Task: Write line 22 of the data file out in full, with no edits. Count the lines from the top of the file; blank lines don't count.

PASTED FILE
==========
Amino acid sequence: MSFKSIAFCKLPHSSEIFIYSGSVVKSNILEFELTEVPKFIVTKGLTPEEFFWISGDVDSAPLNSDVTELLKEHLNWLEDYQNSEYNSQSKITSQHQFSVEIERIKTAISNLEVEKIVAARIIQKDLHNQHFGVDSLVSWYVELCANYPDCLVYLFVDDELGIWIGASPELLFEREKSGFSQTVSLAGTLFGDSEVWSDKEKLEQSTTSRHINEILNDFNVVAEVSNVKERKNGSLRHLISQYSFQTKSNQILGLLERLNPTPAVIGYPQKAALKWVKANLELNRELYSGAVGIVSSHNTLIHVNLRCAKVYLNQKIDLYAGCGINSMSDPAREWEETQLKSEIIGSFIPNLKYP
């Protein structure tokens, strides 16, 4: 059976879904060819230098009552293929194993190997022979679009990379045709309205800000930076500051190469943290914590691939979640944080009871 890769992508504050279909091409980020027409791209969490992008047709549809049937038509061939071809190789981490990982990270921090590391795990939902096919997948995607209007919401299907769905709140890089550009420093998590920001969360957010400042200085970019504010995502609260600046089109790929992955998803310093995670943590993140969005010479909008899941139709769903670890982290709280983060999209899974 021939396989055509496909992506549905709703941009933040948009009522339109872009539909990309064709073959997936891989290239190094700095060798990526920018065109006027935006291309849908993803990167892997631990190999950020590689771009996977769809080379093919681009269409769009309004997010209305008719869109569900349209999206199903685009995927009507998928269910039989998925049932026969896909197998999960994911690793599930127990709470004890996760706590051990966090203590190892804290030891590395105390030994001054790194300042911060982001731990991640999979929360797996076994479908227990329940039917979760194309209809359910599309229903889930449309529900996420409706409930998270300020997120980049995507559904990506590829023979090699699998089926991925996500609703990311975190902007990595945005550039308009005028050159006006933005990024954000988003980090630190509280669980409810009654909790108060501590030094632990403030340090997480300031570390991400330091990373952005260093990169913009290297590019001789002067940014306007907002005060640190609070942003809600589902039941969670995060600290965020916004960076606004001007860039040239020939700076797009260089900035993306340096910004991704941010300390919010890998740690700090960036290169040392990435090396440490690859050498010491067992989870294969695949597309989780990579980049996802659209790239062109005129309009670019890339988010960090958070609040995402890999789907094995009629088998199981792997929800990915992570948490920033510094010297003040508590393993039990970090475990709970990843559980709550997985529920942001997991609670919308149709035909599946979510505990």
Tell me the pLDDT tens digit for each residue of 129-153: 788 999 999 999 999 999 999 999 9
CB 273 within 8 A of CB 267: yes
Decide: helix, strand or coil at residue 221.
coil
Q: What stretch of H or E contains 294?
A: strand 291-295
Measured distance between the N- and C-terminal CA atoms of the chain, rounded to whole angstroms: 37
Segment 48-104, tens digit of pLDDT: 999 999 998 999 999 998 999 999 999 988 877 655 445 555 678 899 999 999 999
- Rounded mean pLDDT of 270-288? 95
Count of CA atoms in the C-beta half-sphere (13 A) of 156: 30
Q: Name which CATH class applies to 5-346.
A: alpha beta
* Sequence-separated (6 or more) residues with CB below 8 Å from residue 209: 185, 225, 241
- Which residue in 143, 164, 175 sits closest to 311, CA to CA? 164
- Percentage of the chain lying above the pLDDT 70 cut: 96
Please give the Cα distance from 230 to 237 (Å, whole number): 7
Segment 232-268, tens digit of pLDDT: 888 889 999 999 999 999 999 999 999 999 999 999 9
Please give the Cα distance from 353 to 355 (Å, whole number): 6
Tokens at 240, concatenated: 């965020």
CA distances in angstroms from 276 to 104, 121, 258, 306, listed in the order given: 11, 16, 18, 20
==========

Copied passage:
CA distances in angstroms from 276 to 104, 121, 258, 306, listed in the order given: 11, 16, 18, 20